Pastor, Why Is It Good for You and Your People to Understand That You Are a Bad Pastor?


Thirteen years have passed since our 35-1 National Championship run. Much has taken place since those glory days. For starters, I married a hall of famer, Natasha Neal, and together we have three beautiful boys: Marcus, Titus, and Malachi.

Then, with great impact to my athletic figure, I exchanged my basketball shorts for a bible and a pulpit. Very few people know me now as an athlete anymore and most, if not all, value me pastorally navigating a difficult situation more than they do me navigating a particular defense. Still, pastoring and being an athlete have a lot in common, and in at least one way you might not have considered. Both being a pastor and an athlete come with public praise and scrutiny. Both require great discipline and perseverance. And, in both disciplines, those in attendance tend to overlook the amount of work invested in what’s being executed. Also, a successful pastor and a successful athlete should have in common a real understanding of one’s weaknesses. It’s this last point that I wish to consider just for a moment in light of pastoral ministry.

In pastoring, and I would say the Christian life in general, there’s always the temptation to project an image of oneself that’s more adept and polished than what is actualized. Yet, faulty presentations of self are never lasting. When the athlete pretends to be better than he or she is, exposure is ushered in on the tides of failure and defeat. For the pastor, however, the greatest danger is not the loss of a game but rather every step toward achieving a polished look is a step toward deconstructing the portrait of grace in one’s life. Think about it for a moment: If the leaders we are to emulate in the church are perfect, in what sense are they, the leaders, able to point to the truth found in Scripture that Christ Jesus came to save sinners? It’s in light of this truth that I gladly make this confession—I’m a bad pastor! Here are three reasons why:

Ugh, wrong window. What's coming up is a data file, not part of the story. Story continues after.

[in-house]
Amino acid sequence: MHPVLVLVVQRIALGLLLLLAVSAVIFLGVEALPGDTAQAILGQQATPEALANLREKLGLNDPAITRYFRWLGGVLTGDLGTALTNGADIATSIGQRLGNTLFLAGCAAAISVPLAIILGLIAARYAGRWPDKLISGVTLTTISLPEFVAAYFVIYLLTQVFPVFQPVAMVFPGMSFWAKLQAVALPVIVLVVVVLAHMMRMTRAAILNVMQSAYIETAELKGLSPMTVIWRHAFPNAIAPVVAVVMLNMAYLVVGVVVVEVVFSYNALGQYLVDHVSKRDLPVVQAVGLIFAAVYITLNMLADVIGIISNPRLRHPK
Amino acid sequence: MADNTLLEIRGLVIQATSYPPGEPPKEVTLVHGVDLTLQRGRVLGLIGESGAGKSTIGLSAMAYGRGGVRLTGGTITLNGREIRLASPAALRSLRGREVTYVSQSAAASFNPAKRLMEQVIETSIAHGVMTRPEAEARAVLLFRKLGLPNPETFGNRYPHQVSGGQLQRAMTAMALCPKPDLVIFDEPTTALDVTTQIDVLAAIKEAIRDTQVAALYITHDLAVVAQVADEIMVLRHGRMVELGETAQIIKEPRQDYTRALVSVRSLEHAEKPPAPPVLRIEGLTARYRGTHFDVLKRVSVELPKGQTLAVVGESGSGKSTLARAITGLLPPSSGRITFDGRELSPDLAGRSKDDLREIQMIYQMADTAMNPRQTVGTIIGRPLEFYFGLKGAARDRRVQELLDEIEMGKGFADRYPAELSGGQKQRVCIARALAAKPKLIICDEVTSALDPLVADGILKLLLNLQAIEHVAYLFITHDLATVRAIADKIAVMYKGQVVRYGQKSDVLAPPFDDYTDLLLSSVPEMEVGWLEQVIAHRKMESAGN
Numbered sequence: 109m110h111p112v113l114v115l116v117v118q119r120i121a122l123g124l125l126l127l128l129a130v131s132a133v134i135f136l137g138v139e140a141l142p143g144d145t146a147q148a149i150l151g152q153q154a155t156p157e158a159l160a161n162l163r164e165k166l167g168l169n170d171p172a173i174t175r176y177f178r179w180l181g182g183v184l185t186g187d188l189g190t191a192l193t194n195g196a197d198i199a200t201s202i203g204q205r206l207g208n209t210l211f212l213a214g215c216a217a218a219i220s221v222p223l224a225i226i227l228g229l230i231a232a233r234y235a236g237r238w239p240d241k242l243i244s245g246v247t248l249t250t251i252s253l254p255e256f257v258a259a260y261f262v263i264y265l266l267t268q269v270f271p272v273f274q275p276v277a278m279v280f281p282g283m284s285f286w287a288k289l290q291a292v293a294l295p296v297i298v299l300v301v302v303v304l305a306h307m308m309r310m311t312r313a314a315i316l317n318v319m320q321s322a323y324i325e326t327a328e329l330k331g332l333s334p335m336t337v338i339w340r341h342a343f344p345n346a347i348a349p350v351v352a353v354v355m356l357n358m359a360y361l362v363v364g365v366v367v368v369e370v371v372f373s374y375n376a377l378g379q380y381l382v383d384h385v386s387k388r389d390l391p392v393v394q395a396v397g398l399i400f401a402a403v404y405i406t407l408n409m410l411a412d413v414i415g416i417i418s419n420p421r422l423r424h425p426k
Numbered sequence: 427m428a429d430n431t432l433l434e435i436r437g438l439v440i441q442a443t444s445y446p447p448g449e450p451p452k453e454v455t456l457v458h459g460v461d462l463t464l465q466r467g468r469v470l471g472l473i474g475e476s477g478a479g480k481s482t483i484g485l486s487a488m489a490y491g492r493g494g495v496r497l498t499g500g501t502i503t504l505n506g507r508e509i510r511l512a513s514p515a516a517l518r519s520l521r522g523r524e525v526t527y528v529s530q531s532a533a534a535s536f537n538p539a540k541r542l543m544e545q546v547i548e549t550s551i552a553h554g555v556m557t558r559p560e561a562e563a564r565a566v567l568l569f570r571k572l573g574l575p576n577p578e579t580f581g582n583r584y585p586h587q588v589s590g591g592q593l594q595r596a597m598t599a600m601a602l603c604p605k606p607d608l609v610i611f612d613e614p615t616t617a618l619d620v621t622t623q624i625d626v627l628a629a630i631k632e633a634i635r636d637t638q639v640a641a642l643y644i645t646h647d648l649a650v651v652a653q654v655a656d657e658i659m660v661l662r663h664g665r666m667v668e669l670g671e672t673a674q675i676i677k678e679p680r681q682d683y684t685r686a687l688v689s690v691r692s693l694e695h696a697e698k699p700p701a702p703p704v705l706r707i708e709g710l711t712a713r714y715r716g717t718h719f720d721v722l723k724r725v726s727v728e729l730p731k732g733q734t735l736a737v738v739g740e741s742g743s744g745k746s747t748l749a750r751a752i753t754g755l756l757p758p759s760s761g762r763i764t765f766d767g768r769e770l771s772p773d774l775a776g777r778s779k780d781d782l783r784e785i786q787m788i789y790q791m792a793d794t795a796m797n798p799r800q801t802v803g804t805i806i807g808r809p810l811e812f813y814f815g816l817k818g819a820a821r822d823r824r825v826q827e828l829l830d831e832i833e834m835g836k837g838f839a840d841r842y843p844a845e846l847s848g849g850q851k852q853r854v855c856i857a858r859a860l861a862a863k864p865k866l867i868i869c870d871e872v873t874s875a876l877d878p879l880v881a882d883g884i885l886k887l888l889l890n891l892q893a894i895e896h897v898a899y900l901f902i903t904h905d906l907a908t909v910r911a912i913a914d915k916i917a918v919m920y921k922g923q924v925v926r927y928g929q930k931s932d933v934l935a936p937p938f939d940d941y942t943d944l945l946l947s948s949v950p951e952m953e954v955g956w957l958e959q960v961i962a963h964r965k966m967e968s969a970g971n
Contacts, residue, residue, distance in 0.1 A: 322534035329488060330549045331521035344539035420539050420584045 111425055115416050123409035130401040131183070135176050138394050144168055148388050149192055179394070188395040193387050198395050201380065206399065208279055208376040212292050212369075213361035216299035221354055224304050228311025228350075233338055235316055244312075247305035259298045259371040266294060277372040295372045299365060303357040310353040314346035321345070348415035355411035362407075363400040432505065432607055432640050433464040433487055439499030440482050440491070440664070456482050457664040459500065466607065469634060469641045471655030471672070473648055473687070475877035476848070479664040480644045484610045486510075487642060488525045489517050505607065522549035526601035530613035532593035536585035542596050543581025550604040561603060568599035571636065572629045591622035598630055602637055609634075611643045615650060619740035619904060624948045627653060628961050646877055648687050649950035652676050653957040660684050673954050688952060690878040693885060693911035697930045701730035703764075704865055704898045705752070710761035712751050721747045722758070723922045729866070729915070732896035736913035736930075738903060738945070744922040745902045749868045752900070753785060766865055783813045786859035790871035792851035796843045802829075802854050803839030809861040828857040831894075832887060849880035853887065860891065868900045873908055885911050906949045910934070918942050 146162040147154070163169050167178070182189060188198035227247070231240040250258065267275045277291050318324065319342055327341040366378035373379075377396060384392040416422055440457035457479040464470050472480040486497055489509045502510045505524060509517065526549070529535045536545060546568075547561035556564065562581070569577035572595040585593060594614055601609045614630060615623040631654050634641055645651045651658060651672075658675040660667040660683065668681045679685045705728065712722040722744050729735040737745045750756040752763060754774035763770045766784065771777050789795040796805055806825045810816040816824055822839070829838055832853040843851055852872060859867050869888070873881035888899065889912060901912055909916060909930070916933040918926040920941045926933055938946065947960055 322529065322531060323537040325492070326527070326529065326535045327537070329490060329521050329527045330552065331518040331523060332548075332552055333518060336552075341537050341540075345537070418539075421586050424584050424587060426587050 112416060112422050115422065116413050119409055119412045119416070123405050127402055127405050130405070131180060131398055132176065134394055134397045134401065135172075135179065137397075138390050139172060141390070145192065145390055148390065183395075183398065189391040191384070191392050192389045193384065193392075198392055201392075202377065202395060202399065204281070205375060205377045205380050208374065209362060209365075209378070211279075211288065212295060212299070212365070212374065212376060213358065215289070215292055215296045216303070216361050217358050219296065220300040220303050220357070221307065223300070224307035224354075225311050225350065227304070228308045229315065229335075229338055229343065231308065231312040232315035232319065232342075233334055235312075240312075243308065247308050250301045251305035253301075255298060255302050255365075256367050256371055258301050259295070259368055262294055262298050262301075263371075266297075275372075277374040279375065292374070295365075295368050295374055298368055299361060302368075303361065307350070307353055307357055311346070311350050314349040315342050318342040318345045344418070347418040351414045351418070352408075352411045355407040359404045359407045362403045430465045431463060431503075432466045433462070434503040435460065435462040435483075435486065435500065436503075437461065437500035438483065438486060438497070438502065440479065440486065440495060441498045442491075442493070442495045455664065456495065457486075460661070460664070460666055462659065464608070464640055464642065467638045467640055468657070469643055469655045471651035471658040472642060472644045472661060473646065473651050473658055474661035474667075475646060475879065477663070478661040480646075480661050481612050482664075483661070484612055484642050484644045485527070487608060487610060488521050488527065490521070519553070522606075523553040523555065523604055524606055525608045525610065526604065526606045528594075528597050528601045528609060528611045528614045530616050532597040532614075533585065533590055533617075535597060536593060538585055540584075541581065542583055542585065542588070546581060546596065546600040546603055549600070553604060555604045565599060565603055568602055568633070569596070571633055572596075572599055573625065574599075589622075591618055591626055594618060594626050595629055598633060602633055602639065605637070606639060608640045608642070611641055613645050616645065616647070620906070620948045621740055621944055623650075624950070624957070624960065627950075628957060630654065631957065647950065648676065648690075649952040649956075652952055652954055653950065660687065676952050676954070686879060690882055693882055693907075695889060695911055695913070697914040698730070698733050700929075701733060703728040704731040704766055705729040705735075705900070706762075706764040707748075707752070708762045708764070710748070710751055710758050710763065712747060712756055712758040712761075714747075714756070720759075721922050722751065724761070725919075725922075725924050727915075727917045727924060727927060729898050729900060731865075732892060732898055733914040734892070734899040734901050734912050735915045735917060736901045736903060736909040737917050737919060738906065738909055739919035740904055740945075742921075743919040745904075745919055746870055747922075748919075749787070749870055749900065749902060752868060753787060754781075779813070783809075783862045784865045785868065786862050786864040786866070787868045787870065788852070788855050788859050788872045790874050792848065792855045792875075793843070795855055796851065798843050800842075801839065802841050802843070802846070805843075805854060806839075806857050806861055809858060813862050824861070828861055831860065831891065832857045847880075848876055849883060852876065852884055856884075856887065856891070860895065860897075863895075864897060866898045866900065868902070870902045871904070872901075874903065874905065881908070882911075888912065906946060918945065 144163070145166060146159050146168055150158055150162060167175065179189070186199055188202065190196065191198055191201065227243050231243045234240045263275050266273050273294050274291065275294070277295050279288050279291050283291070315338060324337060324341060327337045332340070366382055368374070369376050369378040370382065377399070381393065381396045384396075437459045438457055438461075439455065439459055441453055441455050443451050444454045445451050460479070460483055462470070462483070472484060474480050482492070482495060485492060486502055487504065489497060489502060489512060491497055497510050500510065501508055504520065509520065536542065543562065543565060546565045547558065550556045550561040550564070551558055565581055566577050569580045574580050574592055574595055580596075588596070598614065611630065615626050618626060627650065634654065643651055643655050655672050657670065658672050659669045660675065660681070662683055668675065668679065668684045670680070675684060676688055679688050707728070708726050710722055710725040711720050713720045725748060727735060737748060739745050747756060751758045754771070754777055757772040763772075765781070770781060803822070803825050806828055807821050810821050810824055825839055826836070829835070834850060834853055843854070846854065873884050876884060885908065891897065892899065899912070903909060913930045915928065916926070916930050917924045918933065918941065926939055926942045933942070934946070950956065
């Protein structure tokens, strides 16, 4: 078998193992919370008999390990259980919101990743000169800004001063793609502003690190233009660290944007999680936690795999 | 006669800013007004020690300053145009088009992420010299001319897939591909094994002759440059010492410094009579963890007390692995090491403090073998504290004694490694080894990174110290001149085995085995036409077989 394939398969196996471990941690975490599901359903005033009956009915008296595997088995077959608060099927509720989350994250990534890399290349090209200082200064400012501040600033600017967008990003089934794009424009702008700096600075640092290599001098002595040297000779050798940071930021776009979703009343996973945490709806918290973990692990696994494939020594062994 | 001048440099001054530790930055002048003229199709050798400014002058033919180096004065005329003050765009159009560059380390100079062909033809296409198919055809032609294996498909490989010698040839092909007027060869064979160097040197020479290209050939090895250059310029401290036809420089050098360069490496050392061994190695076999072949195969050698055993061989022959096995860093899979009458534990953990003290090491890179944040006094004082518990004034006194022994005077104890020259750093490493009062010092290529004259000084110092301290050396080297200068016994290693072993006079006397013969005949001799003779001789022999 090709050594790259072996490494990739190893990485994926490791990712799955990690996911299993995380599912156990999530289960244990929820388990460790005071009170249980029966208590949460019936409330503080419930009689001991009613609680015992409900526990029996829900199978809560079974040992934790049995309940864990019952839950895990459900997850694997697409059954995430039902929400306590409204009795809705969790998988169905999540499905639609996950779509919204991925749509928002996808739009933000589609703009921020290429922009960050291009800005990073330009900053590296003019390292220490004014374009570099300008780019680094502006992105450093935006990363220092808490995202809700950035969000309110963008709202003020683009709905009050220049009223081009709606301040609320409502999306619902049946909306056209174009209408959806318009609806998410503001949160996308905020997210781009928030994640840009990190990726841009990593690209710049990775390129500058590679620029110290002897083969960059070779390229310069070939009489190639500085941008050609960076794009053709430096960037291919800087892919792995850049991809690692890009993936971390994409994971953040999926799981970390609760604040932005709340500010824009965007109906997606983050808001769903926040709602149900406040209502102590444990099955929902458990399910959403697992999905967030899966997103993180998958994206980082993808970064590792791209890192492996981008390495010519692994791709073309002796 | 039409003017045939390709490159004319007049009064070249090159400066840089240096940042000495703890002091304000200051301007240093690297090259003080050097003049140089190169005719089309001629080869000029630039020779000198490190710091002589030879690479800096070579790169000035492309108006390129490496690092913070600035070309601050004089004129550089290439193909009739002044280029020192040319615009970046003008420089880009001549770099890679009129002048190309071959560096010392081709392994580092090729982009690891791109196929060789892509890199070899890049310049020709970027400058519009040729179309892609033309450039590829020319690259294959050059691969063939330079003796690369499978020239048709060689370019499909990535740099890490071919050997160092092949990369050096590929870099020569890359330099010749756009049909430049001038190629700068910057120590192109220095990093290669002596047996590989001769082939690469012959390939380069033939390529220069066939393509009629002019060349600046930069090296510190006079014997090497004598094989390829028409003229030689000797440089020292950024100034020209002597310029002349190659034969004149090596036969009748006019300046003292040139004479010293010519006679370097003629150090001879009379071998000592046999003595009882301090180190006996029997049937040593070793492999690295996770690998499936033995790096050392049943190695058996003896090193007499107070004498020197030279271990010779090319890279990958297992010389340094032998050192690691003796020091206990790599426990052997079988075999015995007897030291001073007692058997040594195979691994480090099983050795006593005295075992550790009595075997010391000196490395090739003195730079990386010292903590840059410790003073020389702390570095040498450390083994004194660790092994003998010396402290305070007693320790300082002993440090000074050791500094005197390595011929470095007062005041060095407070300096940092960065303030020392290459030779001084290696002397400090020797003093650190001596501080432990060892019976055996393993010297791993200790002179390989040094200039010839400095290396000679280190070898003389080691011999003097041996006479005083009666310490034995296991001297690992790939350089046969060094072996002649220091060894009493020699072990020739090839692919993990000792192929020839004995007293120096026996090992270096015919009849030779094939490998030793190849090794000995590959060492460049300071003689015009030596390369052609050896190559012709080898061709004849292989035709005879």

First, I’m sinful. I’m not the Good Shepherd in John 10. Jesus is. I sin daily and have to repent of things like anger, pride, and anxiety to my friends, family, and you the congregation. This is not a ploy or cute literary device. It’s the reality of the situation. When the Lord pronounces judgment on the counterfeit shepherds in Ezekiel 34, the operative question becomes, “Who, then, will shepherd God’s people?” The Lord answers that question with over fifteen references to Himself in one chapter as the one who will shepherd His people. Is that clear enough?! Of course, we know that Jesus is the means by which God indeed becomes the great Shepherd of His people. Why does that matter? It matters because Jesus is the great and perfect Shepherd of His people so I don’t have to be. I don’t have to be perfect and coming to grips with that is key. For example, the athlete who never acknowledges weaknesses will make light of the strength of his teammates and, therefore, fail to understand his need to lean on them when it’s needed most. So, too, the pastor must learn to acknowledge his weaknesses and utter dependency on Christ and His Word. That’s done by exposing weaknesses and painting big and beautiful portraits of the truth of the Gospel: God saves and uses sinners for His glory!


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SOURCE: The Front Porch

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